I love the idea of pairing comfort with elegance, and want to share with you my chicest comfort food dish, mac & cheese made with Pleasant Ridge Reserve, one of the most widely acclaimed cheeses in the country by rock star cheese maker Mike Gingrich of Uplands Cheese Company. To give you an idea of the famous-ness of Pleasant Ridge Reserve, it was named best of show by the American Cheese Society a mind-boggling three times. No other cheese has won more than once.
Such fame comes at a price, and often you’ll find Pleasant Ridge reserve approaching $30 a pound. Well worth it given the care given to the cows and to the cheese making process, and a delicious splurge for an elegant dinner party. The good news is that small-scale servings mean you use less than a half pound for a big impression. Serve this beside a farm-raised rib eye and roasted broccoli and your guests will remember you fondly.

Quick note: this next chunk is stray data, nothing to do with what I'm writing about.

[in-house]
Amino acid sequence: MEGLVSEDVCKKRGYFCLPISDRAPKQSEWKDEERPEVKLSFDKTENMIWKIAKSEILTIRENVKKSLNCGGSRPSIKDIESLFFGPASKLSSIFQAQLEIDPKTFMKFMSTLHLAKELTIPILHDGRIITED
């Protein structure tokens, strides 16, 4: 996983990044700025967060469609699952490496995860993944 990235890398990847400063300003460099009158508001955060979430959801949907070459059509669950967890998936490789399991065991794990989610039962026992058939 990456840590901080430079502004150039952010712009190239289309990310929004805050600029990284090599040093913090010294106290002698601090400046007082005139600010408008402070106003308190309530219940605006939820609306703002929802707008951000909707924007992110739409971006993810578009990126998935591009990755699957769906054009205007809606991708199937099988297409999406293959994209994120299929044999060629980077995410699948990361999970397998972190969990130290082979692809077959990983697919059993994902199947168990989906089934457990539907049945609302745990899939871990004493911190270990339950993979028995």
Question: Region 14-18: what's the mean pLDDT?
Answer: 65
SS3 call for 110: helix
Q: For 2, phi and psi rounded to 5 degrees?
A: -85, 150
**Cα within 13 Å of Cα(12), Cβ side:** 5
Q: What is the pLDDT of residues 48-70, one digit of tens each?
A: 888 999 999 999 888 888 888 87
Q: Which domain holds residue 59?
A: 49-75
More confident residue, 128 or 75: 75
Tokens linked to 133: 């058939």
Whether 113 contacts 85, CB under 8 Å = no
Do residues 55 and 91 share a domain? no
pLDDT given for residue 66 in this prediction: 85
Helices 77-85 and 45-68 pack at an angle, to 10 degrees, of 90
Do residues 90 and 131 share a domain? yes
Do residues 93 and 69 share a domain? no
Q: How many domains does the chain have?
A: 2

In keeping with this upscale interpretation of comfort food, I serve it in individual dishes. Use ramekins if you like, but I find my little crème brulée dishes make a pretty presentation and give more surface area for that crunchy topping. If you have neither, use shallow coffee cups for a touch of whimsy.
So-chic Pleasant Ridge Reserve macaroni & cheese
Serves six as a side
2 cups penne, 6 ounces, slightly undercooked
2 tablespoons butter, plus more for buttering baking dishes
2 tablespoons flour
2 cups whole milk
½ teaspoon salt
6 ounces Pleasant Ridge Reserve, grated and divided (about 1 1/2 cups)
½ cup fresh bread crumbs, from about ½ dinner roll, crust on
2 tablespoons minced rosemary
Generously butter six half-cup ramekins or crème brulée dishes and set on a baking sheet. Preheat oven to 350 degrees. Toss together bread crumbs, rosemary, and about ½ cup of cheese in small bowl and set aside.
Melt butter in a large saucepan over medium high heat. Once butter begins to bubble, add flour and stir to combine. Continue stirring for a minute until bubbly again, then add milk and salt. Stir until it thickens and bubbles form around the edge of the pan. Remove from heat and stir in remaining cheese. Mix in cooked pasta.
Divide among baking dishes and sprinkle with bread crumb and cheese mixture. Bake in the center of the oven until golden and bubbly, about 20 to 25 minutes.